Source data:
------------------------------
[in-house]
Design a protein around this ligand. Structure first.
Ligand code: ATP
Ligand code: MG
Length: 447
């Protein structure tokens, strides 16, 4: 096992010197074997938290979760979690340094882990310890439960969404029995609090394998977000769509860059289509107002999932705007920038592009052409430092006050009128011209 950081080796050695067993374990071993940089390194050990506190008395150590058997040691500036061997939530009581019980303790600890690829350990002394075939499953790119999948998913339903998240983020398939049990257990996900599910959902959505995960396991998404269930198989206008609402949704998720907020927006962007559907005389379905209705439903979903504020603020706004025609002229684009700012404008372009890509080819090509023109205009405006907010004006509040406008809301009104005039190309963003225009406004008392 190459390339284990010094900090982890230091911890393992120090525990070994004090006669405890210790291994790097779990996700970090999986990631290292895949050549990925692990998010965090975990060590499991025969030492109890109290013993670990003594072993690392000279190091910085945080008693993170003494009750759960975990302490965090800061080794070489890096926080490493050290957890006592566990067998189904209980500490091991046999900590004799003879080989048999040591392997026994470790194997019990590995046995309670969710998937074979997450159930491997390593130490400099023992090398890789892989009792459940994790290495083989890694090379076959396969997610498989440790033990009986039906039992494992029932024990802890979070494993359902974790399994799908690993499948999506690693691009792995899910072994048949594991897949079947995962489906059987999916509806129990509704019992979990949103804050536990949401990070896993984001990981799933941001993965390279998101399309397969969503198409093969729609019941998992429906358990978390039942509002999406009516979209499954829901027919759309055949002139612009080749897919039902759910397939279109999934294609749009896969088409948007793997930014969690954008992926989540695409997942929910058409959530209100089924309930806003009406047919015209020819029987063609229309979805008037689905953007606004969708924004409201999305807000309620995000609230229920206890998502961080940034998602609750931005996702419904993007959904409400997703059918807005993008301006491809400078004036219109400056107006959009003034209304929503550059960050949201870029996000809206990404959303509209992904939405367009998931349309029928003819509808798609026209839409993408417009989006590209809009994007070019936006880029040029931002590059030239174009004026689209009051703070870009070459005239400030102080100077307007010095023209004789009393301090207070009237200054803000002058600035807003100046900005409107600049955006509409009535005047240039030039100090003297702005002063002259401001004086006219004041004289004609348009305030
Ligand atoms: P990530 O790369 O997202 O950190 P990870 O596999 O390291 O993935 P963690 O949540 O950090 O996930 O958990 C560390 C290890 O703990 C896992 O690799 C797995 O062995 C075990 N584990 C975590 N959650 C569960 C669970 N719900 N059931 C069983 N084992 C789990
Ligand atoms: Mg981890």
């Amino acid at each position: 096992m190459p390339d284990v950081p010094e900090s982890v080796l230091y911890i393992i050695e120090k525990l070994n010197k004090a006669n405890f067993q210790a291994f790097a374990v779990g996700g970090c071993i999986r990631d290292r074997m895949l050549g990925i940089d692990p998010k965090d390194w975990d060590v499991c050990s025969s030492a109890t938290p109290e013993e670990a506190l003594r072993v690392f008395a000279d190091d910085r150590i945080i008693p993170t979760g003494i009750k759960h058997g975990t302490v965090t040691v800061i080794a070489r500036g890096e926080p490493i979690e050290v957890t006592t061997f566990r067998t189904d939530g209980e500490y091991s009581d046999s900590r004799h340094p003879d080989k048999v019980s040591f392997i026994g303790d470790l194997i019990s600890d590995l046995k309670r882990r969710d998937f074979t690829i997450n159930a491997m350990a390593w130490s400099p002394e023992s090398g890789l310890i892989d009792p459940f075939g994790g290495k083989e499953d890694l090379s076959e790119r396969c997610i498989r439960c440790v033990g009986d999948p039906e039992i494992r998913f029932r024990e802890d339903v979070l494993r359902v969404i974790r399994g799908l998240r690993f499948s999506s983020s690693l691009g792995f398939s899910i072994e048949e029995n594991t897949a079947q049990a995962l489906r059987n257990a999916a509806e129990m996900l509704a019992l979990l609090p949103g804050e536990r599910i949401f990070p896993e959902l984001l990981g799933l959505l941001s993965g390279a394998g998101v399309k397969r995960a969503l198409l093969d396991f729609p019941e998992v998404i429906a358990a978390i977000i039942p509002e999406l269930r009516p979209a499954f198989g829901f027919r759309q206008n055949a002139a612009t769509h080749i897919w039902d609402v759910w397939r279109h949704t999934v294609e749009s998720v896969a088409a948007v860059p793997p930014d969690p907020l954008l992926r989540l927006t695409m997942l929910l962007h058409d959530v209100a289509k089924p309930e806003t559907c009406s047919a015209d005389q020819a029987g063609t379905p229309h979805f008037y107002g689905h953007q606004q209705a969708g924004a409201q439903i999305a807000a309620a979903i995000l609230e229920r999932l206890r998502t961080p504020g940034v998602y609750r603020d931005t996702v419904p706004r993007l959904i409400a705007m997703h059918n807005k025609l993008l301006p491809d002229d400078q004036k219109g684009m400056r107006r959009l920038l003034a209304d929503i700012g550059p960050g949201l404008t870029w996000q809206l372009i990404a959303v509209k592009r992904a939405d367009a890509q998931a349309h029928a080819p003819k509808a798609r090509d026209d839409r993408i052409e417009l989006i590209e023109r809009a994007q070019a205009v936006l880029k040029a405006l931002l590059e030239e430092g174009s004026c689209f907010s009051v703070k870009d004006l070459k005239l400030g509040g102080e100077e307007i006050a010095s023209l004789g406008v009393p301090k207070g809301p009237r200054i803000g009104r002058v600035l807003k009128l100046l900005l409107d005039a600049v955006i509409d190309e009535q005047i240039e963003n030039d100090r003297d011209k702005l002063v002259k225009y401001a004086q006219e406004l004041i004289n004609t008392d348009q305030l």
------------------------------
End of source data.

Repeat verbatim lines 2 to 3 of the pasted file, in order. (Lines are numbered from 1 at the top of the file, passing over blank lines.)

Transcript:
Design a protein around this ligand. Structure first.
Ligand code: ATP